A woman's risk of breast cancer after menopause triples if she is exposed to synthetic fibres and certain oil byproducts at workplace before her mid-30s, a study among Canadian patients said Thursday.
France Labreche of the National Institute of Public Health in Montreal led an investigation into the health records of 1,169 women aged 50 to 75.
Just under half had been diagnosed with breast cancer in 1996 and 1997, after having undergone menopause.
The other 613 women were diagnosed during the same period with other forms of cancer and acted as a comparison.
A squad of chemists and industrial hygienists probed the extent to which all the women had been exposed to about 300 different substances throughout their working life.
After filtering out other known causes of breast cancer, they found a strong link between higher rates of risk and exposure to several common synthetic materials, found in textile factories and other industrial settings.
Compared to the non-breast cancer group, the risk peaked before the age of 36, when still-active cells in breast tissue are thought to be more sensitive to harmful chemicals.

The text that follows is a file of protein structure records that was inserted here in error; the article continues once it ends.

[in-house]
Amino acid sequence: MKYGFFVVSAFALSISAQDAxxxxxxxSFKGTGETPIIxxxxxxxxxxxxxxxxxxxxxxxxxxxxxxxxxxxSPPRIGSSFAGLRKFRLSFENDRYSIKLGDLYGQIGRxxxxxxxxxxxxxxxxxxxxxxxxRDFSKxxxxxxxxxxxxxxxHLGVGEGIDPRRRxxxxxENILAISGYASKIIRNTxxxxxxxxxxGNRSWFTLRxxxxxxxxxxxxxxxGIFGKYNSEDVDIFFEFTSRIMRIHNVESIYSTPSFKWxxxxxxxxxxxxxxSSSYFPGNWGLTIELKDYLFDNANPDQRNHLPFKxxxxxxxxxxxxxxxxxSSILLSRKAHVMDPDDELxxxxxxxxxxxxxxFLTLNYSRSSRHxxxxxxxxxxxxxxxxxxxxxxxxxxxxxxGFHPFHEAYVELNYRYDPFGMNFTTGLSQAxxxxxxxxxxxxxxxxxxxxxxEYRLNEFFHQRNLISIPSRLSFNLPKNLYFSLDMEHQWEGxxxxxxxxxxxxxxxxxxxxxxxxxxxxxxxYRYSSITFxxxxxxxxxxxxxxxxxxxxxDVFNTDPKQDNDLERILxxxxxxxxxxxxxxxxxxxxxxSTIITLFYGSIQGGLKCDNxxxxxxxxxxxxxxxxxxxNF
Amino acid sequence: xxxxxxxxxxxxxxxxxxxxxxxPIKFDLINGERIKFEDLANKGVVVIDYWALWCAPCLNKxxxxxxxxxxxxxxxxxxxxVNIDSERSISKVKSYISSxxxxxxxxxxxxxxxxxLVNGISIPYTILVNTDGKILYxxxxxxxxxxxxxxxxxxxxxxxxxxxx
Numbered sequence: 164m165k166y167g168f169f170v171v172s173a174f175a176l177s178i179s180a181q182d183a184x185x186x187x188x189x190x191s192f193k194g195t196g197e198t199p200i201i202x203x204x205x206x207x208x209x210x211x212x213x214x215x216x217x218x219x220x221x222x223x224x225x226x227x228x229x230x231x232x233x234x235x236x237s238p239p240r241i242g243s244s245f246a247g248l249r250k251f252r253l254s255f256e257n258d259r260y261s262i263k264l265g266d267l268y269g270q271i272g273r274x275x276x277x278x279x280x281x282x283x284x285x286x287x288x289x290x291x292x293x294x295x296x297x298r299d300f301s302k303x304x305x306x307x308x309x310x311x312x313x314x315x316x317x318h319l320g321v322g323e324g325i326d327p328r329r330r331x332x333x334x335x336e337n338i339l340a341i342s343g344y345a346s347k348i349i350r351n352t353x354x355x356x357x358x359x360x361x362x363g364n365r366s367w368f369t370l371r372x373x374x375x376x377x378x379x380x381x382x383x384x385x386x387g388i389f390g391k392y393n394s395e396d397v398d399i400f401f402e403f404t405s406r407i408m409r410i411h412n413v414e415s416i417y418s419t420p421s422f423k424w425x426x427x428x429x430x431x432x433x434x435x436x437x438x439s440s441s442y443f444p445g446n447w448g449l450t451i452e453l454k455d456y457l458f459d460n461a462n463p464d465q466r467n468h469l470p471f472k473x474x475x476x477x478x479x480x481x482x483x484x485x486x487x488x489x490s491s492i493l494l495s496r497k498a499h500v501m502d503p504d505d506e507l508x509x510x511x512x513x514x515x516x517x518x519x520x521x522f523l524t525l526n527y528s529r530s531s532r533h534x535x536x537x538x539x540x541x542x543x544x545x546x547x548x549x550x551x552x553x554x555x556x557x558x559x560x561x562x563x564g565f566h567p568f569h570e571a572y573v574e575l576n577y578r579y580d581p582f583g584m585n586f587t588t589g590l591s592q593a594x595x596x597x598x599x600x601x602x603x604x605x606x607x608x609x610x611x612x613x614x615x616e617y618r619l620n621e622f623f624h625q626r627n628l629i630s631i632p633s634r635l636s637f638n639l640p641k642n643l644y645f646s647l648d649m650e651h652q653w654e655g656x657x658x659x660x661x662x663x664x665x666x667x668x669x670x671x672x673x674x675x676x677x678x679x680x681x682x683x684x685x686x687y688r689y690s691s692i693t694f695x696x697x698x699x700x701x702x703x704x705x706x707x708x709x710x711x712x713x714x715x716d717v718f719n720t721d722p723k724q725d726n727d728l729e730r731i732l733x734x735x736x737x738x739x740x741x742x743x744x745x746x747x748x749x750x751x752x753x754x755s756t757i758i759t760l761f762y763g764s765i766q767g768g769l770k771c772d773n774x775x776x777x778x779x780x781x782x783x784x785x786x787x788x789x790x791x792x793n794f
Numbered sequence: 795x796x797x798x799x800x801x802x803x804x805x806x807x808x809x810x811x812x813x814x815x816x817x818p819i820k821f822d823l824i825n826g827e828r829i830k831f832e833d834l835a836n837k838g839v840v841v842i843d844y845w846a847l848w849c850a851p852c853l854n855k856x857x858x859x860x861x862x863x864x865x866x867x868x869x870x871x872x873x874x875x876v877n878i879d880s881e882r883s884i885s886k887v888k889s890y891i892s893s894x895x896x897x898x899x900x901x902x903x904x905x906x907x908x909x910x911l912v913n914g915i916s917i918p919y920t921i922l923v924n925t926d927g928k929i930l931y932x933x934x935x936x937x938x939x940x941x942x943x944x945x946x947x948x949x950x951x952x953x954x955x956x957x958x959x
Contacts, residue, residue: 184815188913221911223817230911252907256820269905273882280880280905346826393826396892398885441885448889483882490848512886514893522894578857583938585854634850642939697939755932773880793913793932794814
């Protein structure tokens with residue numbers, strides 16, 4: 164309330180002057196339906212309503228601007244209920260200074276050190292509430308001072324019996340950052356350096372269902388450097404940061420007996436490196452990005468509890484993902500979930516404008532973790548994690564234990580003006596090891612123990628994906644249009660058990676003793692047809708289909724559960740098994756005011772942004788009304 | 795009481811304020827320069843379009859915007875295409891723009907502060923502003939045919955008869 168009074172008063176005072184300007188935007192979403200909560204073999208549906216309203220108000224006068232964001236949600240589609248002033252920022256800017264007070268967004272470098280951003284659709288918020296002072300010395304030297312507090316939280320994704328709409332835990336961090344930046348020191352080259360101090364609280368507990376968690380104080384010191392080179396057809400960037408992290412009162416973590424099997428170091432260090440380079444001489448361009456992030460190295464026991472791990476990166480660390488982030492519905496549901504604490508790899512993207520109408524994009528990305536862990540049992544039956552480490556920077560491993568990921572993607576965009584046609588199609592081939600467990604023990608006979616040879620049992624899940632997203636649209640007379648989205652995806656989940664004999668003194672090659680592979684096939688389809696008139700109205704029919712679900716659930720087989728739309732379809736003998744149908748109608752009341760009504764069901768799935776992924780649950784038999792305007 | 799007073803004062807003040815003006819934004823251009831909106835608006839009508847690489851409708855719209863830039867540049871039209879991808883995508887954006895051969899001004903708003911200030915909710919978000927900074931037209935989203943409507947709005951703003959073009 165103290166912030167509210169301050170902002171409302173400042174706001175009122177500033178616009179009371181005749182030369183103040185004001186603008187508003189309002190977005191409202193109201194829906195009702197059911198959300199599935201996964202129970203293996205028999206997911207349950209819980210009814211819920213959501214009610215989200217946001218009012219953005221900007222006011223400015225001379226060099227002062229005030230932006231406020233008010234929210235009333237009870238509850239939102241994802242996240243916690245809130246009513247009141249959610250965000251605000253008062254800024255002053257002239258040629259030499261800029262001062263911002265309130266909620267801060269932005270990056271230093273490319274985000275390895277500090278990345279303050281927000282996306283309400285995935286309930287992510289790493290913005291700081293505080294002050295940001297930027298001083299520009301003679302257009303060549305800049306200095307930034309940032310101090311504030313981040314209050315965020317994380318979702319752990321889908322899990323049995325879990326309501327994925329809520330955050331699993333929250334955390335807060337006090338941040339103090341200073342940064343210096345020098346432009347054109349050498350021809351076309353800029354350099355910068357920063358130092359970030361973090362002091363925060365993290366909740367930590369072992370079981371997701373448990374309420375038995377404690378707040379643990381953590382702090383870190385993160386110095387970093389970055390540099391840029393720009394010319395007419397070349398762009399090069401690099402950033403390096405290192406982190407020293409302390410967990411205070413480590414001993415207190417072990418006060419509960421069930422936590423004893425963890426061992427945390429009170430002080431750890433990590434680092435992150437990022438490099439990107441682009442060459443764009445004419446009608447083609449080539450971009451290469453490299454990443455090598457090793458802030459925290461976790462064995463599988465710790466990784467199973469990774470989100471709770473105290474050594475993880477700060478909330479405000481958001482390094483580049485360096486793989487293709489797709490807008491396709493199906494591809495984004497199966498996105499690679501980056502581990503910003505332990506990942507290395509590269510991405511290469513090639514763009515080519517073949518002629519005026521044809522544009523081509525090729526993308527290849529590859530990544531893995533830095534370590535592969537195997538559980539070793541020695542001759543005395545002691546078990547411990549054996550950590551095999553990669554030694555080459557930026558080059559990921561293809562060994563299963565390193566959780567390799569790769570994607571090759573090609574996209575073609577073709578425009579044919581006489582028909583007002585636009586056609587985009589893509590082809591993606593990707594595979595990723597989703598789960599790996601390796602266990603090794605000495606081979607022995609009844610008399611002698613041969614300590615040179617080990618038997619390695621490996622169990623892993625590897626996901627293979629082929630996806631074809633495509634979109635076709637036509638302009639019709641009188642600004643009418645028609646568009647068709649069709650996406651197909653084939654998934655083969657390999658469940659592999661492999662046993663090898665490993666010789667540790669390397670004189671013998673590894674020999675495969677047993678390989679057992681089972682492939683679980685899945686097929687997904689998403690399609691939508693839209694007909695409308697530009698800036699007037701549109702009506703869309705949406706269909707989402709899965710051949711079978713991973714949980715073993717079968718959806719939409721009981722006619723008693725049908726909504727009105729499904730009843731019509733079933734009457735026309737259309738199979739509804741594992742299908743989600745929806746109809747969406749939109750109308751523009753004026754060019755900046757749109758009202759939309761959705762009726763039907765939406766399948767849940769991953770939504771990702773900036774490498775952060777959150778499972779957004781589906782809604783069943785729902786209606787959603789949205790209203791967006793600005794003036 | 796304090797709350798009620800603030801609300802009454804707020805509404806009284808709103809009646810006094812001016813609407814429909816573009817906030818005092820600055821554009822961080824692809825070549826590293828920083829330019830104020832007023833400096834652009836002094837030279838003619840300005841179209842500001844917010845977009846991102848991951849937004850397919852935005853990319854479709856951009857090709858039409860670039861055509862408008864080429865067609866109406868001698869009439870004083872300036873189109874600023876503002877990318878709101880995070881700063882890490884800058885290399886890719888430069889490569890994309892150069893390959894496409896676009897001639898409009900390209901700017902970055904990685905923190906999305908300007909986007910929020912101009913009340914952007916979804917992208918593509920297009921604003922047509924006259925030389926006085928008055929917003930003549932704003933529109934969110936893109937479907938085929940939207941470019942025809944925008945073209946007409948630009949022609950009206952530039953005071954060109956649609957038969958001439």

Women occupationally exposed to acrylic fibres ran a seven-fold risk of breast cancer, while exposure to nylon fibres nearly doubled the risk.
Among breast cancer patients, those whose tumours responded well to oestrogen treatment, but not progesterone treatment, were more than twice as likely to have breast cancer for every decade they were exposed to so-called monaromatic hydrocarbons -- a byproduct of crude oil -- and to acrylic or rayon fibres.
Oestrogen and progesterone are both naturally-occurring hormones used in breast cancer treatment.
Exposure before the age of 36 to another class of hydrocarbons found in petroleum products tripled the risk for women whose tumours responded to both types of hormone treatment.
The authors concede that the results are not conclusive, but point out that they are consistent with the theory that breast tissue is more susceptible to chemical toxins in women under 40.
They also note the rising rate of breast cancer in rich countries, which could also be due to earlier and better diagnosis and increased rates of alcohol consumption.
The study is published in a British journal, Occupational and Environmental Medicine.